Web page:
Posted by: Madman in the Marketplace | August 6, 2009

A War Crime

The mayor of Hiroshima, the city where 140 000 people died from the blast, renewed his call for the abolition of what he said are 24 000 remaining nuclear warheads over the next decade as he led the solemn ceremony.

About 50 000 people, including “hibakusha” or atom bomb survivors, politicians and envoys from 59 countries and the United Nations, gathered near the A-bomb Dome, the skeleton of a hall burnt by the bomb’s intense heat.

“The abolition of nuclear weapons is the will not only of the hibakusha, but also of the vast majority of people on this planet,” said the mayor, Tadatoshi Akiba, head of the international group Mayors for Peace.

This country can never atone for a crime it refuses to accept it committed. We murdered two cities three score and four years ago, and we still tell ourselves it was justified. The LEAST we could do is start destroying our huge, dangerous nuclear arsenal.

For the Sixty-Fourth Time: No More Nuclear War By Frida Berrigan

Sixty-four years after Hiroshima and Nagasaki, we need more than symbols of peace. Folding paper cranes alone cannot, unfortunately, end the threat of nuclear war. Memories of the destruction fade, the hibakusha grow even older and die, the haunting pictures end up in books stored spine out on bookshelves.

Meanwhile, the terror of nuclear annihilation — so keen at certain moments during the long superpower Cold War stand-off — seems to have worn off almost completely. That’s too bad, since the actual threat of nuclear war remains hidden but potent. The nine nuclear powers — the United States, Russia, France, England, China, Israel, Pakistan, India, and North Korea — have more than 27,000 operational nuclear weapons among them, enough to destroy several Earth-sized planets. And in May, Mohamed ElBaradei, the Director General of the International Atomic Energy Agency, warned that the number of nuclear powers could double in a few years unless new disarmament is a priority. Is it any wonder then that, according to a recent Rasmussen opinion poll, one in five Americans believe nuclear war “very likely” in this century, and more than half, “likely”?

The unthinkable is still under consideration — even as the Obama administration takes its first steps in the right direction. In an April speech in Prague, President Obama publicly embraced the goal of seeking “the peace and security of a world without nuclear weapons.” In its wake, his administration has begun taking still quite modest but potentially important steps towards that goal, including: renewed talks with Russia over mutual nuclear reductions, conversations initiated in the Senate about jump-starting the ratification of the Comprehensive Test Ban, stalled these last 10 years, and of negotiations for the also stalled Fissile Material Cutoff Treaty, imagined as an internationally verified ban on the production of nuclear materials for weapons.

Right now, however, the American nuclear landscape — little acknowledged or discussed — remains grimly potent. According to the authoritative Bulletin of the Atomic Scientists, the United States still maintains a nuclear stockpile estimated at 5,200 warheads — of which approximately 2,700 are operational (with the rest in reserve), while the Obama administration will spend more than $6 billion on the research and development of nuclear weapons this year alone.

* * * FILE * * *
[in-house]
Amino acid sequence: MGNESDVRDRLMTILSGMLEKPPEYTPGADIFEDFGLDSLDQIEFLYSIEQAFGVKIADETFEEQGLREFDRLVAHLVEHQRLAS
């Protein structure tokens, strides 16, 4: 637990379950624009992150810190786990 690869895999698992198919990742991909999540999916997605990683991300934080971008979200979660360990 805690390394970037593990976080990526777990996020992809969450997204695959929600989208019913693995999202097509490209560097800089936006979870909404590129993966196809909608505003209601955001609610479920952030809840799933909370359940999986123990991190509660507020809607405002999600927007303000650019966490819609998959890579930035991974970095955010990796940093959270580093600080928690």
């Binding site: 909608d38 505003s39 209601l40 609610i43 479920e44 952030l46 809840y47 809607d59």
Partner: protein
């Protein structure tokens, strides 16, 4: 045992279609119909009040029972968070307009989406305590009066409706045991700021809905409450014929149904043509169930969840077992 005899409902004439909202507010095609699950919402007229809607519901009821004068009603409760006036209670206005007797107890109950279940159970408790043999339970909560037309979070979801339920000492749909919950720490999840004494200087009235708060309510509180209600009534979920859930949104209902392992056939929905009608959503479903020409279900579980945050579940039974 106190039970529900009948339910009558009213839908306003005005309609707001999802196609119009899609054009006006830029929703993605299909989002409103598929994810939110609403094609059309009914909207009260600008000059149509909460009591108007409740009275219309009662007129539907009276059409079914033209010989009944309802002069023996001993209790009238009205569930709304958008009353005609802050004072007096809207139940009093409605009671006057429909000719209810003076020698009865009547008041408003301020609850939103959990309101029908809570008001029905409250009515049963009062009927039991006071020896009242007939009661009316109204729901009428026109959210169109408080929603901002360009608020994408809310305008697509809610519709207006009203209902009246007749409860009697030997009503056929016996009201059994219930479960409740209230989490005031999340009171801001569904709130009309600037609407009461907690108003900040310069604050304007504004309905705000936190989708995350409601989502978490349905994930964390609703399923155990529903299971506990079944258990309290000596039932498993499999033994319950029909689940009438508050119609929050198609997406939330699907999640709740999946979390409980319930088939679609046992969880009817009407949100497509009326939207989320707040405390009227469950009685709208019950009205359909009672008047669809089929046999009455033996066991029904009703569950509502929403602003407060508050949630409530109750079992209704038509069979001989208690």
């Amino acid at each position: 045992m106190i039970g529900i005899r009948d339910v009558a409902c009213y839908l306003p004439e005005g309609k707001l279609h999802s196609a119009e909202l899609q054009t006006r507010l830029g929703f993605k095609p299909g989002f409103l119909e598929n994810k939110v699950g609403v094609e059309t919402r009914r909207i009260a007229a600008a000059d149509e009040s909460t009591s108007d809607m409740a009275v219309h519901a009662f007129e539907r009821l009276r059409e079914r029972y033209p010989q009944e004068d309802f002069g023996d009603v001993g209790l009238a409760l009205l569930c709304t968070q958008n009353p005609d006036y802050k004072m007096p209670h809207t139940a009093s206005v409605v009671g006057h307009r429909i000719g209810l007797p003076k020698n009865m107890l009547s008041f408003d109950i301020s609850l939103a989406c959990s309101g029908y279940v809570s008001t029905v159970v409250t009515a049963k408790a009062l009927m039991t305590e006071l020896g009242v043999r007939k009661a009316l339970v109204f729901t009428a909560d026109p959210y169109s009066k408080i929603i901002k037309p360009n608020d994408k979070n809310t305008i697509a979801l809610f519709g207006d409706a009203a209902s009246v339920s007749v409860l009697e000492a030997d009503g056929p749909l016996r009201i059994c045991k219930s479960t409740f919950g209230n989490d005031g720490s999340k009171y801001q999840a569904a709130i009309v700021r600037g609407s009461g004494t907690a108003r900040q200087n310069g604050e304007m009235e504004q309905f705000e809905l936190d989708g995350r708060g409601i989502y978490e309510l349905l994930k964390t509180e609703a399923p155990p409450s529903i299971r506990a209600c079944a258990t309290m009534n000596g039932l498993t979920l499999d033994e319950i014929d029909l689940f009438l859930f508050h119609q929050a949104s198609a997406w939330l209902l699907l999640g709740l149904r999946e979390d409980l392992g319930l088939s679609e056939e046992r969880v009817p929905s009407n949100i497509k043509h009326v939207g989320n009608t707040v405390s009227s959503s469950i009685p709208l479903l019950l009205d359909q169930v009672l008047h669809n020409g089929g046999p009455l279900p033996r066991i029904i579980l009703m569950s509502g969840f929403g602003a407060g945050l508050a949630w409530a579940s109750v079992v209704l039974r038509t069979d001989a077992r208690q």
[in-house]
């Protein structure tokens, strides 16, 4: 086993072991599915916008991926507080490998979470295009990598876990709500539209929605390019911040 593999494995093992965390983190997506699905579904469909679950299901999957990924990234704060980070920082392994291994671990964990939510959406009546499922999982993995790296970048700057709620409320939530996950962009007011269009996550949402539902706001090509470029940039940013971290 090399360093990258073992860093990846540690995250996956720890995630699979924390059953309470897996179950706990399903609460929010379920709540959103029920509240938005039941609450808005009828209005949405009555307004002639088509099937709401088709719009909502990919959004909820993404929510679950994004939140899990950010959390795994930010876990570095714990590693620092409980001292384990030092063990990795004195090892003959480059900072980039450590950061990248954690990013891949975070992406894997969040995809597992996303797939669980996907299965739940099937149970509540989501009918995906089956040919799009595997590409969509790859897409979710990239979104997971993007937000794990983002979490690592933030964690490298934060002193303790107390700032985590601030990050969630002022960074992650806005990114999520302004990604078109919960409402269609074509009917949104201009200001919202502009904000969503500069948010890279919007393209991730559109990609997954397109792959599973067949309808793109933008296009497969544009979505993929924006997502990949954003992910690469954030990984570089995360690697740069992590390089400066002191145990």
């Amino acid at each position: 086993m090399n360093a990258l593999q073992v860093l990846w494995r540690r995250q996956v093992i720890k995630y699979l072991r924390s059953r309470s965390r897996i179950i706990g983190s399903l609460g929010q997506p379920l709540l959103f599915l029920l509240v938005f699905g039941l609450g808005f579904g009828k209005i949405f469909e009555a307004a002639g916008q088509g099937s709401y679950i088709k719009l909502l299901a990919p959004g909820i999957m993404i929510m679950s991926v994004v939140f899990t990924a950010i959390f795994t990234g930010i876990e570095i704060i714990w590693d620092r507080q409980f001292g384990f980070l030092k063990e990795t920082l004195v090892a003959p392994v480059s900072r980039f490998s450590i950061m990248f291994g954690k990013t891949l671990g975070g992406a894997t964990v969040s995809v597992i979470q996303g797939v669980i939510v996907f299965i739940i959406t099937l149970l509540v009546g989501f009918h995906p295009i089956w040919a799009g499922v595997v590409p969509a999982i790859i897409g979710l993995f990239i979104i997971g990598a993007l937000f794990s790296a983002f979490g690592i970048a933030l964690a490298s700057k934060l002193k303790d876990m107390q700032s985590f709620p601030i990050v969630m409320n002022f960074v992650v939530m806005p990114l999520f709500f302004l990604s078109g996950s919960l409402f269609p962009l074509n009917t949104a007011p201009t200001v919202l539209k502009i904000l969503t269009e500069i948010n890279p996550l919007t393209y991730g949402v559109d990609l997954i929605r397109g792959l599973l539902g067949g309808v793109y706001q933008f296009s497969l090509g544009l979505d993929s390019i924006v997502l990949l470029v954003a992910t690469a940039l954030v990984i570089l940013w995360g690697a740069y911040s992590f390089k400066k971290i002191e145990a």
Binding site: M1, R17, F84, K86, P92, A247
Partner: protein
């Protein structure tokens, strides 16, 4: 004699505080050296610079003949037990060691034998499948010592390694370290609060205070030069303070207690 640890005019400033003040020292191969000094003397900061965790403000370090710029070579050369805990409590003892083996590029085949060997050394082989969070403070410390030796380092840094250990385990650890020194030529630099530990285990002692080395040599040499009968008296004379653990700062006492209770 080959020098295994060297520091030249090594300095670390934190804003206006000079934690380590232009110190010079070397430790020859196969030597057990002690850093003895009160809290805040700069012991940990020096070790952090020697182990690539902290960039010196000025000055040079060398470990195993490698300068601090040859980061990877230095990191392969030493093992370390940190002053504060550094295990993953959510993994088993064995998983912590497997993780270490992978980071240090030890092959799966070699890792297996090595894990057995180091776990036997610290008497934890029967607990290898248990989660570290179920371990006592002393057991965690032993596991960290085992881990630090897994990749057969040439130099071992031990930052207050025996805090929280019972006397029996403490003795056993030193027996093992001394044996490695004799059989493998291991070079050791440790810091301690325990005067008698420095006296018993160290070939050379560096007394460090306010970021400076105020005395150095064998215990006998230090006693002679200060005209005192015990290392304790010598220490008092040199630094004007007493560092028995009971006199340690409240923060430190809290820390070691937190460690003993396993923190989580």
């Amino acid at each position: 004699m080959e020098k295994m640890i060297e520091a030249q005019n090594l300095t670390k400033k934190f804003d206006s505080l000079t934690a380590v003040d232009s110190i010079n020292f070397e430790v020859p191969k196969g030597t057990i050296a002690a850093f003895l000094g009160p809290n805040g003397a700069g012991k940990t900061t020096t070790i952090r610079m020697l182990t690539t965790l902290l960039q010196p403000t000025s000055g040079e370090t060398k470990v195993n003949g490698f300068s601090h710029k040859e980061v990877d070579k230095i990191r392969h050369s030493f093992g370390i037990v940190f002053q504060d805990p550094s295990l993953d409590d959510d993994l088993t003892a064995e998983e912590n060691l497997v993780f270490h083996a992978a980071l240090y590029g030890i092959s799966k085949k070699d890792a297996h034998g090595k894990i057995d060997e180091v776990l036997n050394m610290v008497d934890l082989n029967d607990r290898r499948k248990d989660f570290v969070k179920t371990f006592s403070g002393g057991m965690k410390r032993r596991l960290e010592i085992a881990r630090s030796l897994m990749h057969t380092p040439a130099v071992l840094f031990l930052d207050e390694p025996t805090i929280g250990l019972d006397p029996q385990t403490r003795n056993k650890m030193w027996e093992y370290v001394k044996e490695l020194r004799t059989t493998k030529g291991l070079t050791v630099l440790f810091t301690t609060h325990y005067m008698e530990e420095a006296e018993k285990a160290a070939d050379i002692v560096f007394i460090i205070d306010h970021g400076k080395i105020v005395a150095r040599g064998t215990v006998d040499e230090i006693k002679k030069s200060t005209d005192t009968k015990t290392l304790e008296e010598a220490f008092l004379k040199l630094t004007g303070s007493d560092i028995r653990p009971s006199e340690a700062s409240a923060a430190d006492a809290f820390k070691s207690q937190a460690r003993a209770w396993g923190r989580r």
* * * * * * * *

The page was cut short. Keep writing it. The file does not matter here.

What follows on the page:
At some point early next year, the administration will complete a Nuclear Posture Review outlining the role it believes nuclear weapons should play in the American pantheon of power, and, if the president follows through on his anti-nuclear statements, perhaps that document will at least begin to limit the scenarios in which such weapons could be used. In the meantime, the policy of the United States remains no different than it was in 2004, when Defense Secretary Donald Rumsfeld signed the Nuclear Weapons Employment Policy. It said, in part, that the United States possesses nuclear weapons for the purposes of “destroying those critical war-making and war-supporting assets and capabilities that a potential enemy leadership values most and that it would rely on to achieve its own objectives in a post-war world.” Read that sentence again, and think, under such a doctrine, what might the United States not bomb?

Keep in mind as well that the bombs which annihilated two Japanese cities and ended so many lives 64 years ago this week were puny when compared to today’s typical nuclear weapon. Little Boy was a 15 kiloton warhead. Most of the warheads in the U.S. arsenal today are 100 or 300 kilotons — capable of taking out not a Japanese city of 1945 but a modern megalopolis. Bruce Blair, president of the World Security Institute and a former launch-control officer in charge of Minutemen Intercontinental Ballistic Missiles armed with 170, 300, and 335 kiloton warheads, pointed out a few years ago that, within 12 minutes, the United States and Russia could launch the equivalent of 100,000 Hiroshimas.

It is unthinkable. It seems unimaginable. It sounds like hyperbole, but consider it an uncomfortable and necessary truth. The people of Hiroshima and Nagasaki and the children of our future need us to understand this and act upon it — 64 years too late… and not a minute too soon.

Advertisements

Leave a Reply

Fill in your details below or click an icon to log in:

WordPress.com Logo

You are commenting using your WordPress.com account. Log Out / Change )

Twitter picture

You are commenting using your Twitter account. Log Out / Change )

Facebook photo

You are commenting using your Facebook account. Log Out / Change )

Google+ photo

You are commenting using your Google+ account. Log Out / Change )

Connecting to %s

Categories

%d bloggers like this: